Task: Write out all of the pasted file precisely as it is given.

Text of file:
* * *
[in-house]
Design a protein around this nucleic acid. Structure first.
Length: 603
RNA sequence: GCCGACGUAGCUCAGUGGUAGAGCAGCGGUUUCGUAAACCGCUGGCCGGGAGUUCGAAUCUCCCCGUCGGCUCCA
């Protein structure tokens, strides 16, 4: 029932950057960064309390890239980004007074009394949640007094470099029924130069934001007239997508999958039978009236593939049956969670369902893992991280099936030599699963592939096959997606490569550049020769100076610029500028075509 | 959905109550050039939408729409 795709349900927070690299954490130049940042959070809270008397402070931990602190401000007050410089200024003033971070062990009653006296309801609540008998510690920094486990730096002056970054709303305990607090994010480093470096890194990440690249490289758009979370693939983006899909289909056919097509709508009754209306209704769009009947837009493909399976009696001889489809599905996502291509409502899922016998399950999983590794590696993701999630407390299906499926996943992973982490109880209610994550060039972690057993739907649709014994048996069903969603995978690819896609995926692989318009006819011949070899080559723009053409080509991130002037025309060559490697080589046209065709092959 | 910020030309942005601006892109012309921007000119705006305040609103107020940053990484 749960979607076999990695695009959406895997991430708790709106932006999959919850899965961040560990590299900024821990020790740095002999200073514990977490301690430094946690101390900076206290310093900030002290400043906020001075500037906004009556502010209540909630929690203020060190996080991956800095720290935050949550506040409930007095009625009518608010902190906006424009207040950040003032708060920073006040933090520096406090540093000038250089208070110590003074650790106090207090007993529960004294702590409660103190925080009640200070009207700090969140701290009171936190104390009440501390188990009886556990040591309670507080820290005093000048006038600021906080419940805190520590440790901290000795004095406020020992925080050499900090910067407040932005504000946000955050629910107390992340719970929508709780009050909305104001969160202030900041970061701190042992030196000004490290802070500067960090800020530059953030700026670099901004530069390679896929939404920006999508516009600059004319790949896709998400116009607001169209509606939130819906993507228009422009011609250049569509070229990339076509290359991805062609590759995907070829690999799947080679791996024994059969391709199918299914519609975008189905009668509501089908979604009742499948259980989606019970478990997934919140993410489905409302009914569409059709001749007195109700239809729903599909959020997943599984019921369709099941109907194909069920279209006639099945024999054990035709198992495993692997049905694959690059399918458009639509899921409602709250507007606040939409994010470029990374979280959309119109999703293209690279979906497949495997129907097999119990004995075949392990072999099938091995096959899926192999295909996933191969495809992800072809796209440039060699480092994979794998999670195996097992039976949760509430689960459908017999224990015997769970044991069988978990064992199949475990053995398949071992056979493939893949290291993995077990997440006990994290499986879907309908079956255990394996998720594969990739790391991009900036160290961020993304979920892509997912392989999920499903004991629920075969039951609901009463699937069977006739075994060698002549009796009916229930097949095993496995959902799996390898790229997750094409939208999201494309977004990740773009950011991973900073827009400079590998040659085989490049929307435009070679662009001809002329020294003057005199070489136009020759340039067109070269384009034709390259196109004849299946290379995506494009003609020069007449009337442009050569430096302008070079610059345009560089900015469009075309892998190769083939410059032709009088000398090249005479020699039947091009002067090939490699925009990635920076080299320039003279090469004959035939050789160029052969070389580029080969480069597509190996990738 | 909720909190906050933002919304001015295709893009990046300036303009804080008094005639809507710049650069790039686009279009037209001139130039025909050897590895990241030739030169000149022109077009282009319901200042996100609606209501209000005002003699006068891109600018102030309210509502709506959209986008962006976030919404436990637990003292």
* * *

[in-house]
Design a protein around this nucleic acid. Structure first.
Length: 603
RNA sequence: GCCGACGUAGCUCAGUGGUAGAGCAGCGGUUUCGUAAACCGCUGGCCGGGAGUUCGAAUCUCCCCGUCGGCUCCA
């Protein structure tokens, strides 16, 4: 029932950057960064309390890239980004007074009394949640007094470099029924130069934001007239997508999958039978009236593939049956969670369902893992991280099936030599699963592939096959997606490569550049020769100076610029500028075509 | 959905109550050039939408729409 795709349900927070690299954490130049940042959070809270008397402070931990602190401000007050410089200024003033971070062990009653006296309801609540008998510690920094486990730096002056970054709303305990607090994010480093470096890194990440690249490289758009979370693939983006899909289909056919097509709508009754209306209704769009009947837009493909399976009696001889489809599905996502291509409502899922016998399950999983590794590696993701999630407390299906499926996943992973982490109880209610994550060039972690057993739907649709014994048996069903969603995978690819896609995926692989318009006819011949070899080559723009053409080509991130002037025309060559490697080589046209065709092959 | 910020030309942005601006892109012309921007000119705006305040609103107020940053990484 749960979607076999990695695009959406895997991430708790709106932006999959919850899965961040560990590299900024821990020790740095002999200073514990977490301690430094946690101390900076206290310093900030002290400043906020001075500037906004009556502010209540909630929690203020060190996080991956800095720290935050949550506040409930007095009625009518608010902190906006424009207040950040003032708060920073006040933090520096406090540093000038250089208070110590003074650790106090207090007993529960004294702590409660103190925080009640200070009207700090969140701290009171936190104390009440501390188990009886556990040591309670507080820290005093000048006038600021906080419940805190520590440790901290000795004095406020020992925080050499900090910067407040932005504000946000955050629910107390992340719970929508709780009050909305104001969160202030900041970061701190042992030196000004490290802070500067960090800020530059953030700026670099901004530069390679896929939404920006999508516009600059004319790949896709998400116009607001169209509606939130819906993507228009422009011609250049569509070229990339076509290359991805062609590759995907070829690999799947080679791996024994059969391709199918299914519609975008189905009668509501089908979604009742499948259980989606019970478990997934919140993410489905409302009914569409059709001749007195109700239809729903599909959020997943599984019921369709099941109907194909069920279209006639099945024999054990035709198992495993692997049905694959690059399918458009639509899921409602709250507007606040939409994010470029990374979280959309119109999703293209690279979906497949495997129907097999119990004995075949392990072999099938091995096959899926192999295909996933191969495809992800072809796209440039060699480092994979794998999670195996097992039976949760509430689960459908017999224990015997769970044991069988978990064992199949475990053995398949071992056979493939893949290291993995077990997440006990994290499986879907309908079956255990394996998720594969990739790391991009900036160290961020993304979920892509997912392989999920499903004991629920075969039951609901009463699937069977006739075994060698002549009796009916229930097949095993496995959902799996390898790229997750094409939208999201494309977004990740773009950011991973900073827009400079590998040659085989490049929307435009070679662009001809002329020294003057005199070489136009020759340039067109070269384009034709390259196109004849299946290379995506494009003609020069007449009337442009050569430096302008070079610059345009560089900015469009075309892998190769083939410059032709009088000398090249005479020699039947091009002067090939490699925009990635920076080299320039003279090469004959035939050789160029052969070389580029080969480069597509190996990738 | 909720909190906050933002919304001015295709893009990046300036303009804080008094005639809507710049650069790039686009279009037209001139130039025909050897590895990241030739030169000149022109077009282009319901200042996100609606209501209000005002003699006068891109600018102030309210509502709506959209986008962006976030919404436990637990003292």